Combating Contamination

Professor studies ways to mitigate water hazards in dams, reservoirs, aqueducts

April 2, 2007

By Russ Hudson

The water infrastructure in the United States consists of more than 76,000 dams and reservoirs, thousands of miles of pipes and aqueducts, 168,000 drinking-water facilities and about 16,000 publicly-owned wastewater treatment facilities.

If a harmful chemical were to be introduced into the pipes in one of those water systems, accidentally or deliberately, the flow would need to be shut down before the contaminated water reached consumers.

Detecting the contaminant and shutting down the system in time is the goal of the research project, Water Hazard Mitigation, being worked on for the last two years by Prasada Rao, assistant professor of civil and environmental engineering. The three-year project, funded by the Environmental Protection Agency at $196,000, was launched to enhance hometown security efforts, a component of Homeland Security.

“We have the technology now to detect small amounts of harmful contaminants in the water,” Rao said, “but, typically, we have to send samples to a lab and it can take anywhere from hours to a week or so for results. We are focusing on developing tools that can detect the dangerous chemicals within seconds, and at very small concentrations.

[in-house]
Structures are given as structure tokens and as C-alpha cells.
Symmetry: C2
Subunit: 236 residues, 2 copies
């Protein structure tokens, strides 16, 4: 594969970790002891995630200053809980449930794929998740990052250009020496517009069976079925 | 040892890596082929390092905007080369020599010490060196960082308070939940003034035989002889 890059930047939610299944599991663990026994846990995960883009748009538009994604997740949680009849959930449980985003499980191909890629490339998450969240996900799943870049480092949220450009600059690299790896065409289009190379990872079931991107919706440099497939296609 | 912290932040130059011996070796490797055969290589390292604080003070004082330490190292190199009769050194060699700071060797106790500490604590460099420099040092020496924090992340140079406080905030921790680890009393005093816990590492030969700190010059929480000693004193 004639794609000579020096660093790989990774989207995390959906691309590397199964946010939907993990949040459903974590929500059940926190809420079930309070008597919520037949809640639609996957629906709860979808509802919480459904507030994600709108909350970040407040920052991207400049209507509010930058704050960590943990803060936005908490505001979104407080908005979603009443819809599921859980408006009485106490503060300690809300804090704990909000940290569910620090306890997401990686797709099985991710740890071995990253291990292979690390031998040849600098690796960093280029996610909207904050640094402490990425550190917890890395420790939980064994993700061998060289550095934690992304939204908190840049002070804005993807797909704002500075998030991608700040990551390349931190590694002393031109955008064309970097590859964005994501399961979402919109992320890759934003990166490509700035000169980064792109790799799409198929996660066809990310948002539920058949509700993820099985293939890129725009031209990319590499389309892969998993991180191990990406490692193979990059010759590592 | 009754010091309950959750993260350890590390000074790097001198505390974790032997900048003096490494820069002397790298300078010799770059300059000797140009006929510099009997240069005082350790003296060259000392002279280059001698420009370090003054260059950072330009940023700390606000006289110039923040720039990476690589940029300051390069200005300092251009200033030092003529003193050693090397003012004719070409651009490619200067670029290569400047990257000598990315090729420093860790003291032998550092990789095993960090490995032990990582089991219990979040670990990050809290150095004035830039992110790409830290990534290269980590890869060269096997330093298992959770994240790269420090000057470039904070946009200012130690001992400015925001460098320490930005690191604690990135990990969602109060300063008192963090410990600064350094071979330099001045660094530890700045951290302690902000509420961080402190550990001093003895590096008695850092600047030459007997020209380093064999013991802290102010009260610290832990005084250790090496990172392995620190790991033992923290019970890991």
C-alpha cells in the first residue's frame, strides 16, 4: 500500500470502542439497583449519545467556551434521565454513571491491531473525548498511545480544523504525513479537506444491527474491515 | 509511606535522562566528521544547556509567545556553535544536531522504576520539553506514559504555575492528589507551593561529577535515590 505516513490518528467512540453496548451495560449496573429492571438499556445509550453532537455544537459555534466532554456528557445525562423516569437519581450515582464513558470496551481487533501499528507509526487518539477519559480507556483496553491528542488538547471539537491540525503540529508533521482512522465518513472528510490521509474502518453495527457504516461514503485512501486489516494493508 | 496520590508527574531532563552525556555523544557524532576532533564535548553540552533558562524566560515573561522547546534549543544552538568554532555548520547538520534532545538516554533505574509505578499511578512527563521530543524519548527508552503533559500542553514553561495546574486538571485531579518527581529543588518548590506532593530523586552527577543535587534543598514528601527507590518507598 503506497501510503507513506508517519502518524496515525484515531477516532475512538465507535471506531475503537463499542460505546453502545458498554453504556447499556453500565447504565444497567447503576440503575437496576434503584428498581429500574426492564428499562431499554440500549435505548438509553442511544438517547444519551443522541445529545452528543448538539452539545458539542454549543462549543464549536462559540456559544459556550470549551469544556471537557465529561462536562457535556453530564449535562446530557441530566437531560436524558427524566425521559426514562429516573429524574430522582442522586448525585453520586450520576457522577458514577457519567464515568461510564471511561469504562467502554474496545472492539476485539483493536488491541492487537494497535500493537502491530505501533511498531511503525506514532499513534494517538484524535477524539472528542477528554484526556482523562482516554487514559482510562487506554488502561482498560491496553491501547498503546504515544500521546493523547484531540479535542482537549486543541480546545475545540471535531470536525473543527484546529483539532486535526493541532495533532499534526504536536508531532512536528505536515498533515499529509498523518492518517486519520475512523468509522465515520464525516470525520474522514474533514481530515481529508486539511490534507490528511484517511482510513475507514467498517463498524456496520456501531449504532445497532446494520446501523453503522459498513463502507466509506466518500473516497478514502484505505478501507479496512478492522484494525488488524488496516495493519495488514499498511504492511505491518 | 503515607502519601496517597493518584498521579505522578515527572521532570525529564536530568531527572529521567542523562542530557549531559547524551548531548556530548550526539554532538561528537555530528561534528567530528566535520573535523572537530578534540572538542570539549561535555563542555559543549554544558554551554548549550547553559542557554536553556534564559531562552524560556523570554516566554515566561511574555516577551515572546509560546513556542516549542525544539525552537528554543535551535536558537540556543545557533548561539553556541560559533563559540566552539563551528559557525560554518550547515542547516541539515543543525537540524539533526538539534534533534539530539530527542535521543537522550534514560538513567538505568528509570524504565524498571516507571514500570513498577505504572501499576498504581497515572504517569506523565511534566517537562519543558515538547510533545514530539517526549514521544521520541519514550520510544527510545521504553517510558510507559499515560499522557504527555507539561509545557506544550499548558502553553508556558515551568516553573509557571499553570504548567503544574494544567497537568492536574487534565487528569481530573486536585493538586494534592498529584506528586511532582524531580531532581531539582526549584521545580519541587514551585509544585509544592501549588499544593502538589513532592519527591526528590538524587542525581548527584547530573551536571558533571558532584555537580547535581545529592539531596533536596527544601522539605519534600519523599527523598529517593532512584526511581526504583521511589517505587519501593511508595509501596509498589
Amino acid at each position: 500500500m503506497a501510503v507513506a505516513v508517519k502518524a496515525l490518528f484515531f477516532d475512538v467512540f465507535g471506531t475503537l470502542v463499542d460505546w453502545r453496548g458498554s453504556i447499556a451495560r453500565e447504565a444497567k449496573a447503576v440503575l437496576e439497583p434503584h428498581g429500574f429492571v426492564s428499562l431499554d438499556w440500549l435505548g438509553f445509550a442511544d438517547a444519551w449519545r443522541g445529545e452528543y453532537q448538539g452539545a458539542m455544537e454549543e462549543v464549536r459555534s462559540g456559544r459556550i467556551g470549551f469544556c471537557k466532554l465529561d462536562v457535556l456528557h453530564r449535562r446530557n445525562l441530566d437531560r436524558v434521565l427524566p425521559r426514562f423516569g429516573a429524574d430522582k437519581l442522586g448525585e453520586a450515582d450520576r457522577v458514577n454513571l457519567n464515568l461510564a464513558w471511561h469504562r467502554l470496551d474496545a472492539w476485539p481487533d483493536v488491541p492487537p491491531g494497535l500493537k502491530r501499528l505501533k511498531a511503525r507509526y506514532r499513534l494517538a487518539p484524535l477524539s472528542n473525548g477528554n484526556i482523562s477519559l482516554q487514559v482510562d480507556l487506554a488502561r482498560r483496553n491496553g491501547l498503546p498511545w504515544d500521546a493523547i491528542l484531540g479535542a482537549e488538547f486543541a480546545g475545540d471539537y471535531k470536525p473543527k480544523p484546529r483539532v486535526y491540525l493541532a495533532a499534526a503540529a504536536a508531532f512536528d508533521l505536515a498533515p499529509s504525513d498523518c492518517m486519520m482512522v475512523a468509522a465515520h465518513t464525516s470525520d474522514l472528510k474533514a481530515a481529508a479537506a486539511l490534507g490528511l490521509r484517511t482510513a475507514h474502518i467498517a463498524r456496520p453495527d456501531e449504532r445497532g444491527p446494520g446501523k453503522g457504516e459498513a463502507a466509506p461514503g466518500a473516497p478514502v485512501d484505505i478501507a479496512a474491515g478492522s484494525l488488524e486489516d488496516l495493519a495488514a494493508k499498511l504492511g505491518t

What we want are devices that can attach to pipes that will detect the harmful substances in seconds and shut down the pipe immediately.”

When research started, Rao said, the chemicals being studied were in the several parts per million. At this point, he said, they are detecting the substances at parts per billion “and we want to detect them at parts per trillion, or at least at a very few parts per billion.”

Algorithms developed by Rao and senior electrical engineering student Owen Cupp are detecting the chemicals they are using for the research — arsenic, cyanide, benzene, and some common insecticides and herbicides — more quickly and in smaller concentrations and screening out “background noise” from chemicals such as chlorine and sodium, which are always in water treated for drinking.

“We want to make certain there are no false alarms,” Rao explained.
The goal, he said, is that once the filtering algorithms have been further developed and refined, they can be altered appropriately for any substance from which the water should be guarded.

At this point, the research is being conducted only at Cal State Fullerton, but, Rao said, “at some point we will be looking for collaborators, especially those who have access to needed equipment.”

Back to Top